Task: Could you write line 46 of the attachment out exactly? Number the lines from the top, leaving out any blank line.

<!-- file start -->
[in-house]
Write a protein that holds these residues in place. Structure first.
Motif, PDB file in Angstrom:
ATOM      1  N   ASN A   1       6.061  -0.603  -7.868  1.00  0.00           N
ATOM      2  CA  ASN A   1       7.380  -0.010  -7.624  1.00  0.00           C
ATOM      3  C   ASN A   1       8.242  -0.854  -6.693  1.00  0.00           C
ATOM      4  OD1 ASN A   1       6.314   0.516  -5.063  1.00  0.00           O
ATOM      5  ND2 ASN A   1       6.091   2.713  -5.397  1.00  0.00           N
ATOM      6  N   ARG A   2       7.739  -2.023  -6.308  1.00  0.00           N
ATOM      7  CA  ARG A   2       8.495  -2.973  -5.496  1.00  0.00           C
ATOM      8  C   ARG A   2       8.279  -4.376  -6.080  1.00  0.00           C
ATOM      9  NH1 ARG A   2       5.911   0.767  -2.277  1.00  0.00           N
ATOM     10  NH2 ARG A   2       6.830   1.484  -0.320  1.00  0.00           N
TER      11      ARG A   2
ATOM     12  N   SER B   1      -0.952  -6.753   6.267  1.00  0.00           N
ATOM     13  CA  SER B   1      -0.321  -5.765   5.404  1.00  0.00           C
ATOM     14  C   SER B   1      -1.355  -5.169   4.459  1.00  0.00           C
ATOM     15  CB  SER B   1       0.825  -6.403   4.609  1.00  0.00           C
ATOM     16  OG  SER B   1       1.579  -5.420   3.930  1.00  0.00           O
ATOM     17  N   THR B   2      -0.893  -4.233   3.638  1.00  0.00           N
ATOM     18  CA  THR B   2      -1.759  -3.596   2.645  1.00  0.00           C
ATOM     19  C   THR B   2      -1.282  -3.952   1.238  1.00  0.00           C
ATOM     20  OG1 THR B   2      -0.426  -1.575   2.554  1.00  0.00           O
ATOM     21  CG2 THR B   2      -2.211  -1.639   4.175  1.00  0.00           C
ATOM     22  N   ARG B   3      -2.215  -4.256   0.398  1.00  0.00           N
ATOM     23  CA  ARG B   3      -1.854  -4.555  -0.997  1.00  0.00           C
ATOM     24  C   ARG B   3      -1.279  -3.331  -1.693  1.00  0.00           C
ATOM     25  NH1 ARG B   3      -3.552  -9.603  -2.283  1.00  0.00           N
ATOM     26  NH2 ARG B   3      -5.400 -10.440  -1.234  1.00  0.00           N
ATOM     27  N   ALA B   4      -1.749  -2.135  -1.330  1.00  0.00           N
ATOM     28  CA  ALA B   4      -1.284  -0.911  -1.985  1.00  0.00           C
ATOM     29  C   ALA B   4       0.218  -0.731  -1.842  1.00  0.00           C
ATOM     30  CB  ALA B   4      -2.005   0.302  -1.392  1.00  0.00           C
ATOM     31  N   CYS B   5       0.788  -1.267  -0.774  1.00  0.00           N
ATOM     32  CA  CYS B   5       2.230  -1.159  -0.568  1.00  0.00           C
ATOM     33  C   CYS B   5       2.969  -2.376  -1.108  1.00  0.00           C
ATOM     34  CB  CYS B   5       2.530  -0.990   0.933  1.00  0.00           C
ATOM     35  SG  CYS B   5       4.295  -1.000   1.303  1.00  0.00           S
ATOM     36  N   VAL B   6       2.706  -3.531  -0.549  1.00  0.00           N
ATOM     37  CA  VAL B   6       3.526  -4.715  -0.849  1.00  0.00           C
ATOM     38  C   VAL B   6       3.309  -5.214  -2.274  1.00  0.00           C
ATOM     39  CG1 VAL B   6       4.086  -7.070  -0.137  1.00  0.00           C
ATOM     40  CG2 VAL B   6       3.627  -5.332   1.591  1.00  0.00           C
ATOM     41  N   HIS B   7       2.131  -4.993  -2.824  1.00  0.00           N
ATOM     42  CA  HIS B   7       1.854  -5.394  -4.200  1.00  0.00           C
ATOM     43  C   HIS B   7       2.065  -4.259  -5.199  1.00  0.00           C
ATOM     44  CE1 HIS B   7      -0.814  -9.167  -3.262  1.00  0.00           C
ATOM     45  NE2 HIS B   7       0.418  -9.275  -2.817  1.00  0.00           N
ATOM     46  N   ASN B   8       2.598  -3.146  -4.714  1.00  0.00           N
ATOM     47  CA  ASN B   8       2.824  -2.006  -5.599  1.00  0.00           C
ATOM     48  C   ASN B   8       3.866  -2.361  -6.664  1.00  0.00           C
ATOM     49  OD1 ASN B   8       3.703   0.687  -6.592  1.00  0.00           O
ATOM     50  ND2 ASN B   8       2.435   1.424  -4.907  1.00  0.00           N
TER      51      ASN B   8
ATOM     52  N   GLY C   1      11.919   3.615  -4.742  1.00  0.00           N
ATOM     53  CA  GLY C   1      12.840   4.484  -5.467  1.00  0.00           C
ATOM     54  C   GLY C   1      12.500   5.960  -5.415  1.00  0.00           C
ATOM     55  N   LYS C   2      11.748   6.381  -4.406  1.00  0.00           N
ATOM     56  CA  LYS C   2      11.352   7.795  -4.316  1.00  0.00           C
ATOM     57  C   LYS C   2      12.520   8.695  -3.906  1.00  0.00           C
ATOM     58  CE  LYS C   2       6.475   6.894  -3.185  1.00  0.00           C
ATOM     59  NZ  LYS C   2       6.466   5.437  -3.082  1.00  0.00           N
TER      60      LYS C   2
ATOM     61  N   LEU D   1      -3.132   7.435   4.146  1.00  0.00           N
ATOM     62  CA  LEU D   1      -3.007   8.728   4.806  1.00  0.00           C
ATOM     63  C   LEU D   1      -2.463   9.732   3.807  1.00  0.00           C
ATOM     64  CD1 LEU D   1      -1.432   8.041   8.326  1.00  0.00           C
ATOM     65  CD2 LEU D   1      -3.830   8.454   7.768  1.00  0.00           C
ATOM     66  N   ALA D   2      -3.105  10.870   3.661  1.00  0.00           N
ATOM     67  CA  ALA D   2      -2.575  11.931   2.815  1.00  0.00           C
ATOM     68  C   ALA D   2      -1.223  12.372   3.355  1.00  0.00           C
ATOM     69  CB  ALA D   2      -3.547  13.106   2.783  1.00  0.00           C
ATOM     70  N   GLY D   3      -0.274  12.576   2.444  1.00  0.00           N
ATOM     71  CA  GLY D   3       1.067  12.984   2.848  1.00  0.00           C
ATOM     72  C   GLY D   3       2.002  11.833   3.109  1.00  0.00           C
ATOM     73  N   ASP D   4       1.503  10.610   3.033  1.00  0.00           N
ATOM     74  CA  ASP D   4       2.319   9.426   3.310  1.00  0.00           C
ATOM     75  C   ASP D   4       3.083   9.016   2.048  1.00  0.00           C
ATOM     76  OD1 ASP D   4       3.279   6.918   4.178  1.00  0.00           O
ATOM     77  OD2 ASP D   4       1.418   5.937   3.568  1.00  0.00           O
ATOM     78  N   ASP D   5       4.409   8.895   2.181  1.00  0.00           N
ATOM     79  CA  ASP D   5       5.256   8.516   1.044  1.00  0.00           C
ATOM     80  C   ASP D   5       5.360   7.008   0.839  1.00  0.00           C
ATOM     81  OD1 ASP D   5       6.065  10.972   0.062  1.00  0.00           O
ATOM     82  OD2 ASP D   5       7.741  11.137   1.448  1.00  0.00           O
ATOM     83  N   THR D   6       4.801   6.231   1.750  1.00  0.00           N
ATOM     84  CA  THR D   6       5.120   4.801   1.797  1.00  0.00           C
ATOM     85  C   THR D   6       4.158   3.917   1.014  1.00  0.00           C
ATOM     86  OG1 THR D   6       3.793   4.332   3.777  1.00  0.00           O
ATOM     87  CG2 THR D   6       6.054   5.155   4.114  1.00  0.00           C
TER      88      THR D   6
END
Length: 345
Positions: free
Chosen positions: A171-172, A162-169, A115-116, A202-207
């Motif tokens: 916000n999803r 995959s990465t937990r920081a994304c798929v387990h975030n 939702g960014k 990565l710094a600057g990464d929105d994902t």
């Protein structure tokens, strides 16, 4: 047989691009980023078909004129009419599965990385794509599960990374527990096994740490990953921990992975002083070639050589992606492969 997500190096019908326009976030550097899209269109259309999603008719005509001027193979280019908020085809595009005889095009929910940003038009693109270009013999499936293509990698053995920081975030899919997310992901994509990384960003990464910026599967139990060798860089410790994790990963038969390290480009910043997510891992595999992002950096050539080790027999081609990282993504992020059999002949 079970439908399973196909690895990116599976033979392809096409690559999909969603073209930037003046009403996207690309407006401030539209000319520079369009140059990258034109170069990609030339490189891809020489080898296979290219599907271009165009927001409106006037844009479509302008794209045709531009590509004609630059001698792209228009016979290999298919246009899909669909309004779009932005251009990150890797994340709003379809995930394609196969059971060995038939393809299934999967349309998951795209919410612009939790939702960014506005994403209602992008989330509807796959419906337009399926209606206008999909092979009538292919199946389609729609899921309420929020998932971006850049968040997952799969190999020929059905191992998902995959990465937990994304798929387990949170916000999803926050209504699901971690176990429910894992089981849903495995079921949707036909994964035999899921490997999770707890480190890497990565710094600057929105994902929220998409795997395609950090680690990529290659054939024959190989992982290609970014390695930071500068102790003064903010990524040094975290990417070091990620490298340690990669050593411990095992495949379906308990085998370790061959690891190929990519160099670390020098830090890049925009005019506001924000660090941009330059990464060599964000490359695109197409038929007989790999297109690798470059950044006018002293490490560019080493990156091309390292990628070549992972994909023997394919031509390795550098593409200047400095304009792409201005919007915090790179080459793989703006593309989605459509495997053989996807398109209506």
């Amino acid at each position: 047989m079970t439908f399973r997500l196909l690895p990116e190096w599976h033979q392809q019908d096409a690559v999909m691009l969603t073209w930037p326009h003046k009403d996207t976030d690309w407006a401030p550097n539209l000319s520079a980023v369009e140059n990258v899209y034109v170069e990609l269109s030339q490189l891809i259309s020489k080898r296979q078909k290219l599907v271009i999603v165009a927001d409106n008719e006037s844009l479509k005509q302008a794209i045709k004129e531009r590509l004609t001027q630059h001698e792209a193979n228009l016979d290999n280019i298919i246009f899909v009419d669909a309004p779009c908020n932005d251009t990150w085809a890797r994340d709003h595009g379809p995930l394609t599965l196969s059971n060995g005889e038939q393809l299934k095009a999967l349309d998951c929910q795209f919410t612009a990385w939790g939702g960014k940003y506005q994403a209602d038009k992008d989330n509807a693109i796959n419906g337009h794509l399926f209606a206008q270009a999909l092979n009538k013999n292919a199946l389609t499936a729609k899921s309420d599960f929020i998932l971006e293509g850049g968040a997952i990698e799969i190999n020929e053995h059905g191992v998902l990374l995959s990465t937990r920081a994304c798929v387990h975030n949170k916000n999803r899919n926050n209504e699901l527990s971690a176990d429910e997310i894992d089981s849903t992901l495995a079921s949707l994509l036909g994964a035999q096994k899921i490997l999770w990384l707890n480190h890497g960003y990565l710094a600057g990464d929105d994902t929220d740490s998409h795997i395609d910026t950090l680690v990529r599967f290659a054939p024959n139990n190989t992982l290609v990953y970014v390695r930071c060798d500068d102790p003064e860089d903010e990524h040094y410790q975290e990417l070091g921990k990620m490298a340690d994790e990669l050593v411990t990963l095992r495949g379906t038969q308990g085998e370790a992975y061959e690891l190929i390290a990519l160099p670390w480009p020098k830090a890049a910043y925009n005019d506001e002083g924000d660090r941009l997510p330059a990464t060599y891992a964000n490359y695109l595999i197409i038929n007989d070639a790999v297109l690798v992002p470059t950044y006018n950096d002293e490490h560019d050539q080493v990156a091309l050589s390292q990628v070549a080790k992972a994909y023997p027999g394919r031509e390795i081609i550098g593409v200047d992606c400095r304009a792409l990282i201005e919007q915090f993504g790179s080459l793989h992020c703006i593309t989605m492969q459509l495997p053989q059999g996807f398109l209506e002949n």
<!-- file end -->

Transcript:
ATOM     43  C   HIS B   7       2.065  -4.259  -5.199  1.00  0.00           C